'Forever' Camera Powered By Its Own Images

A camera that is able to power itself from the light that it gathers for pictures has been created by researchers at Columbia University. The camera could, in theory, run forever, taking pictures for eternity.


(Computer Vision Lab, Columbia University)

“We are in the middle of a digital imaging revolution,” says Nayar, who directs the Computer Vision Laboratory at Columbia Engineering. He notes that in the last year alone, approximately two billion cameras of various types were sold worldwide. “I think we have just seen the tip of the iceberg. Digital imaging is expected to enable many emerging fields including wearable devices, sensor networks, smart environments, personalized medicine, and the Internet of Things. A camera that can function as an untethered device forever—without any external power supply—would be incredibly useful.”

A leading researcher in computational imaging, Nayar realized that although digital cameras and solar panels have different purposes—one measures light while the other converts light to power—both are constructed from essentially the same components. At the heart of any digital camera is an image sensor, a chip with millions of pixels. The key enabling device in a pixel is the photodiode, which produces an electric current when exposed to light. This mechanism enables each pixel to measure the intensity of light falling on it. The same photodiode is also used in solar panels to convert incident light to electric power. The photodiode in a camera pixel is used in the photoconductive mode, while in a solar cell it is used in the photovoltaic model.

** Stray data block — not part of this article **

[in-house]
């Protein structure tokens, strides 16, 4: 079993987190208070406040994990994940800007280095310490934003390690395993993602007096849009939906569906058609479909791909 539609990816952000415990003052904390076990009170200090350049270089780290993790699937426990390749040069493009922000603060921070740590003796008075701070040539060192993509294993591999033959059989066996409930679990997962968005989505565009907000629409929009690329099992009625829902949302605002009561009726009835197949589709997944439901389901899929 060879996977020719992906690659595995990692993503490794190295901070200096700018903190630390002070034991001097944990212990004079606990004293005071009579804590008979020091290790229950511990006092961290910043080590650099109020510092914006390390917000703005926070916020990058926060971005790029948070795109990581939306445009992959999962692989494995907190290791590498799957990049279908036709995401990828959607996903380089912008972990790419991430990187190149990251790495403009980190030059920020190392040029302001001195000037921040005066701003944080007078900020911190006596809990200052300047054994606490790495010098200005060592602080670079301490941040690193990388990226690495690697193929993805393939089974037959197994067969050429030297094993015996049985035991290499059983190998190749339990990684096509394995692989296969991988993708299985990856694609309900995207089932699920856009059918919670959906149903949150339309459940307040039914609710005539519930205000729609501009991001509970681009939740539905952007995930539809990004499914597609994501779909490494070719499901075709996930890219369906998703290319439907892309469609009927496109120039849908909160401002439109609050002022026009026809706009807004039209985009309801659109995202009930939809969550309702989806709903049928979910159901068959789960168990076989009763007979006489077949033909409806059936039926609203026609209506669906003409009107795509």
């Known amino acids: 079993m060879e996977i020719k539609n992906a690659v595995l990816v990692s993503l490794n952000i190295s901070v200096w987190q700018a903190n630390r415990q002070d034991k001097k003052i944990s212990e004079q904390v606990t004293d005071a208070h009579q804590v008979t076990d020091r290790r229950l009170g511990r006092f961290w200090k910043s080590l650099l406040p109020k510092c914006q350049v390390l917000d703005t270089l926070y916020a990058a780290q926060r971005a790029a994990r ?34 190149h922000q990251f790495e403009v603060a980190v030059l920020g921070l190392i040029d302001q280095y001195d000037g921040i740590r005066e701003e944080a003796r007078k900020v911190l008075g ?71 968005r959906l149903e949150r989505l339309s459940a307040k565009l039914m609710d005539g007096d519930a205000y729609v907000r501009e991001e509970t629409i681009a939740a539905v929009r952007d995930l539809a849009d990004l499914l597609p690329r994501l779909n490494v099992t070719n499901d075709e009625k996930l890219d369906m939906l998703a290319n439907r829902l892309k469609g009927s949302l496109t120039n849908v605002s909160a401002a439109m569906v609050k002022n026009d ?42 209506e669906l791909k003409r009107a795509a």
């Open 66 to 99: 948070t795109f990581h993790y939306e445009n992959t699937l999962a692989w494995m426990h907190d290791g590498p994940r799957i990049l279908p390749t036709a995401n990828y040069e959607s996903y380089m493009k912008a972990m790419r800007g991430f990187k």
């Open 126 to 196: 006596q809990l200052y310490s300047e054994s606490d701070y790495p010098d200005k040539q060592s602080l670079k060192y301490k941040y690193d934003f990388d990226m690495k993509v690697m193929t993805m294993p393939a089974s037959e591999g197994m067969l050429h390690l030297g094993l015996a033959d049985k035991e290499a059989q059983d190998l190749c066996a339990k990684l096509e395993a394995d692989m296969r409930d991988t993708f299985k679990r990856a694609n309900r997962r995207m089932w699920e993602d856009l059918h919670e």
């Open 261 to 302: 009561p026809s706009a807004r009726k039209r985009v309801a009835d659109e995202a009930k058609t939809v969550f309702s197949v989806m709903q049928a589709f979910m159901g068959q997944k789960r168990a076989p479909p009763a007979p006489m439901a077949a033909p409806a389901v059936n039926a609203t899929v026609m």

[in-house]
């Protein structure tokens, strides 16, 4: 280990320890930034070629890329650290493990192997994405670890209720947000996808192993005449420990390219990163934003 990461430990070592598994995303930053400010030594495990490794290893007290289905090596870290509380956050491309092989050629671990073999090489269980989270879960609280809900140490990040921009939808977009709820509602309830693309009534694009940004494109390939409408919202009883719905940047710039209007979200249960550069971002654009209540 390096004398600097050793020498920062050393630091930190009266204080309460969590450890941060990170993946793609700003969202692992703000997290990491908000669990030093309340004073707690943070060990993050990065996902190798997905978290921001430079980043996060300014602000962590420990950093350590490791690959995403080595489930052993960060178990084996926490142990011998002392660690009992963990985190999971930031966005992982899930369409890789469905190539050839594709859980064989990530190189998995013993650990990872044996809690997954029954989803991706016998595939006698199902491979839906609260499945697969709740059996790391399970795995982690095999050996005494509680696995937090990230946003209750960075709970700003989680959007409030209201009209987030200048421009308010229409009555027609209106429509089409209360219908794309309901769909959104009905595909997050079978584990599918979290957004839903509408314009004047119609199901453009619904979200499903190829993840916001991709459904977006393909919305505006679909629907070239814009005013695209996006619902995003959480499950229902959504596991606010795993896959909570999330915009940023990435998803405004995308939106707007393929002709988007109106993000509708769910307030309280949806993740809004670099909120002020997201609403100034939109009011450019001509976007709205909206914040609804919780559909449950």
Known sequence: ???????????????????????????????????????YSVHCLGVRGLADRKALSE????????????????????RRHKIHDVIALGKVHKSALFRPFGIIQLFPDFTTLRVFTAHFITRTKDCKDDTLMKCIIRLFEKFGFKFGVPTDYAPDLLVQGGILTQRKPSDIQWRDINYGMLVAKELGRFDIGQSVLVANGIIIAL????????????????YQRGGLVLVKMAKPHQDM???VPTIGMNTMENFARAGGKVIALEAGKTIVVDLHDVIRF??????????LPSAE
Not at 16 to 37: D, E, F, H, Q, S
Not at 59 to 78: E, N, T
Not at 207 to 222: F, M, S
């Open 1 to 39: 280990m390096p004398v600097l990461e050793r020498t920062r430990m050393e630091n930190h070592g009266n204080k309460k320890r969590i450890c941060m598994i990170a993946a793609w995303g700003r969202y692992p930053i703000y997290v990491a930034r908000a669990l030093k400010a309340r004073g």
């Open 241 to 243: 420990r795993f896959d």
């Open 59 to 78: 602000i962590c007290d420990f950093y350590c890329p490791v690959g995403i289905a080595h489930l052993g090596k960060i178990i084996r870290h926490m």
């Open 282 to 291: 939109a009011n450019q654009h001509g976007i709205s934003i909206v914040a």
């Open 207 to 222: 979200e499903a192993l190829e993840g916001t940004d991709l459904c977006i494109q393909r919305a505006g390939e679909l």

Nayar, working with research engineer Daniel Sims BS’14 and consultant Mikhail Fridberg of ADSP Consulting, used off-the-shelf components to fabricate an image sensor with 30x40 pixels. In his prototype camera, which is housed in a 3D printed body, each pixel’s photodiode is always operated in the photovoltaic mode.

The pixel design is very simple, and uses just two transistors. During each image capture cycle, the pixels are used first to record and read out the image and then to harvest energy and charge the sensor’s power supply—the image sensor continuously toggles between image capture and power harvesting modes. When the camera is not used to capture images, it can be used to generate power for other devices, such as a phone or a watch.

A camera that can take pictures well into the future? Consider the Agfom potent shot camera, from Philip K. Dick's 1964 novel Clans of the Alphane Moon:

A bright light seared in to being, vanished; Chuck, blinded, peered and then saw, standing in the center of the room with a camera in his hands, a man he recognized. Recognized and disliked.

"Hello, Chuck," Bob Alfson said... "This film I'm using - I'm sure you've run across it at CIA; it's expensive, but helpful." He explained to both Chuck and Joan. "I've just taken an Agfom potent-shot. Does that strike a chord? What I have in this camera is not a record of what you did just now but what will go on here in the next half hour..."
(Read more about the Agfom potent shot film)

Via Columbia, with thanks to frolix_8.